And therein lies the power of social media. Normally it would cost you thousands of pounds in TV advertising, marketing materials or PR to generate this degree of brand loyalty and goodwill, but on social media you can essentially achieve this for free. So what are you waiting for – get tweeting!
The Grocer is the UK’s only paid-for online service and weekly magazine covering the whole FMCG sector.
Tissue brands doing social well
Headstream’s social media executive Ashleigh Soppet assesses the performance of different tissue brands that are active on social media.
“The toilet tissue brand ranked number 83 in Headstream’s Social Brands 100 – The Youth Ranking 2014. This report is based on brands that are popular with the youth market – ages 18-24 – and the engagement levels their branded content invites across their social channels.
Andrex has a Facebook and YouTube presence and one reason for the brand’s success – particularly amongst 18-24-year-olds – can largely be attributed to the adorableness of the Andrex puppy.
The result of this consistent and strong branding means that in Andrex’s social media marketing it now doesn’t need to have a product or logo in every shot as the puppy is synonymous with the brand. This leads to a more engaging and less intrusive advertising.”
“Bounty is a good example of a kitchen towel brand utilising Twitter to reach its customers. The brand recently partnered up with the Cincinnati Reds baseball team in America for its latest #RedsFoodPromo campaign, which aims to celebrate rather than fear the mess that can be created by snacks sold at ballparks – as long as you have Bounty nearby of course.”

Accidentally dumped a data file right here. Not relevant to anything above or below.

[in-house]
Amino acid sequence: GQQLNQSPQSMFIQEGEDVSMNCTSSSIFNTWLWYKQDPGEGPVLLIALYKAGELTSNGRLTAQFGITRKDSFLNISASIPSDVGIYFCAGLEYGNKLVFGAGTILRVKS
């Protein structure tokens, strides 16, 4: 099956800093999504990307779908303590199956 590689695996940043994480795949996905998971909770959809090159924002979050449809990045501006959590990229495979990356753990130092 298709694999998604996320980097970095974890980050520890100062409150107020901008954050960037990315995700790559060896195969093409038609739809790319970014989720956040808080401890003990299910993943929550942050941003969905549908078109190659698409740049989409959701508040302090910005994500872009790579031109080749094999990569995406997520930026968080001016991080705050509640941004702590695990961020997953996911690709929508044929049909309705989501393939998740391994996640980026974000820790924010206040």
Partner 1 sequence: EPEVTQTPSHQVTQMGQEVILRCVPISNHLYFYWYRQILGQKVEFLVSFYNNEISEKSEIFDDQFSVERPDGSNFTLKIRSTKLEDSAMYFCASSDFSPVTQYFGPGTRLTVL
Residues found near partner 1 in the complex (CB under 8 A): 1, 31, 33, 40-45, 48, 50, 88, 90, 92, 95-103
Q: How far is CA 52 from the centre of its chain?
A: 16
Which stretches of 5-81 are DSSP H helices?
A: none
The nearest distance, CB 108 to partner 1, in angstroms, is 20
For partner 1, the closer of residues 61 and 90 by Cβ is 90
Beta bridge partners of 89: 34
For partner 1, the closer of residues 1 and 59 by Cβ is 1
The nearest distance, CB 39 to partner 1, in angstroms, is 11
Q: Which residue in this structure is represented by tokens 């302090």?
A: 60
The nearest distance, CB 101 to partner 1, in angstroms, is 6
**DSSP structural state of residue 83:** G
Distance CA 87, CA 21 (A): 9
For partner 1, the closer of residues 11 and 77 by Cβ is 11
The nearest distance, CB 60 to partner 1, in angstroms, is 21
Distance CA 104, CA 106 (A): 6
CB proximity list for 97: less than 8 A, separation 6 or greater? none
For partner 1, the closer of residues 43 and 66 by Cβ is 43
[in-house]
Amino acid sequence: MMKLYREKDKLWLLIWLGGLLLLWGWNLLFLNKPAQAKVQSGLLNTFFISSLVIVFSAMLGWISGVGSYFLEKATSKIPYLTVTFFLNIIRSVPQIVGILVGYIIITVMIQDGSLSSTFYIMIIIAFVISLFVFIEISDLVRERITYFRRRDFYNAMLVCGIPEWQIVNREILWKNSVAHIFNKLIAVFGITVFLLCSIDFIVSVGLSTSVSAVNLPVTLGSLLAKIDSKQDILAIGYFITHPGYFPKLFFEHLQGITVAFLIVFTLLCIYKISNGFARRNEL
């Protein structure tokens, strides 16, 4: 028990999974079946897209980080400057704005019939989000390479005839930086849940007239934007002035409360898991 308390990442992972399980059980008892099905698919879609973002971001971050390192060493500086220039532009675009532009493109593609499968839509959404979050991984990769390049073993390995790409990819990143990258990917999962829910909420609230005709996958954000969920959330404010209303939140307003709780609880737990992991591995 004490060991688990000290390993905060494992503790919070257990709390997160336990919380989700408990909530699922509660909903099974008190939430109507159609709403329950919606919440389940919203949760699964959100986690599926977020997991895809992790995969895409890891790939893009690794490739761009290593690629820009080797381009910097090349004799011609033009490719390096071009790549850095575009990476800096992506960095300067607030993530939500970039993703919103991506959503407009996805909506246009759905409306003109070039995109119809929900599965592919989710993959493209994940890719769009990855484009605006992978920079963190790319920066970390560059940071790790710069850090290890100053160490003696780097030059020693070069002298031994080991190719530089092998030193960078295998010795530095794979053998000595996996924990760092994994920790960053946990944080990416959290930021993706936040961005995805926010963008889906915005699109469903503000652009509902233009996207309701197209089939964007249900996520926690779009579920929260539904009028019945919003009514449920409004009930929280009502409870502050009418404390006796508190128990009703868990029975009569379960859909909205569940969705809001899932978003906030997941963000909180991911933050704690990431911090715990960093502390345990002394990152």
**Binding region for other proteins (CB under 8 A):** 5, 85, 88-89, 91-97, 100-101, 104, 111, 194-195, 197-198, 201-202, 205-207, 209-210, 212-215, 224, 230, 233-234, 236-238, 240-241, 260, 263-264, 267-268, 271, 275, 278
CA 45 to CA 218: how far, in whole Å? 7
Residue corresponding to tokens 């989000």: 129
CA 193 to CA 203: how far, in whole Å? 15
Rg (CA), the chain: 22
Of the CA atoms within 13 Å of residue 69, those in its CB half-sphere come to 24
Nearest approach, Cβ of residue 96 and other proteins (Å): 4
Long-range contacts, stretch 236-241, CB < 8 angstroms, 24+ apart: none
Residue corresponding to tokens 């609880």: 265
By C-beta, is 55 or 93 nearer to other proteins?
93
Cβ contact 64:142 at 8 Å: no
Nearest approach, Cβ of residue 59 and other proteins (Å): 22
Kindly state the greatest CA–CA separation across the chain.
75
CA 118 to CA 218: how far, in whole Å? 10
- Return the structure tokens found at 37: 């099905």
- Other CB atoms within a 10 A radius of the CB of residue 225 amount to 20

“The brand has found a gap in the market and is renowned for posting witty and humorous content across its social channels.
By thinking outside the box in regards to its content creation, Charmin continually comes up with new ways to engage with its community around the topic of toilet paper. Examples of content include the catchy hashtag #tweetfromtheseat and Vine videos where the cameraman takes ‘bathroom selfies’ with unsuspecting strangers whilst they leave a toilet cubicle.”
“Facial tissue brand Kleenex also has a great brand presence across social media platforms. Going further than placing content on Facebook and Twitter, Kleenex has an active presence across visual scrapbooking platform Pinterest too.
Part of the brand’s success is down to really understanding the demographic of their customer and varying their content outside of the product to suit their customer’s interests. Branded boards include a back to school list, summer reader list and allergy season.”
“Kitchen towel Plenty and Juan Sheet have hosted a range of helpful videos in the ‘genius tips’ campaign. Alongside Juan stars his ‘nonna’ and together they both share a huge assortment of helpful cleaning tips with their community via YouTube.”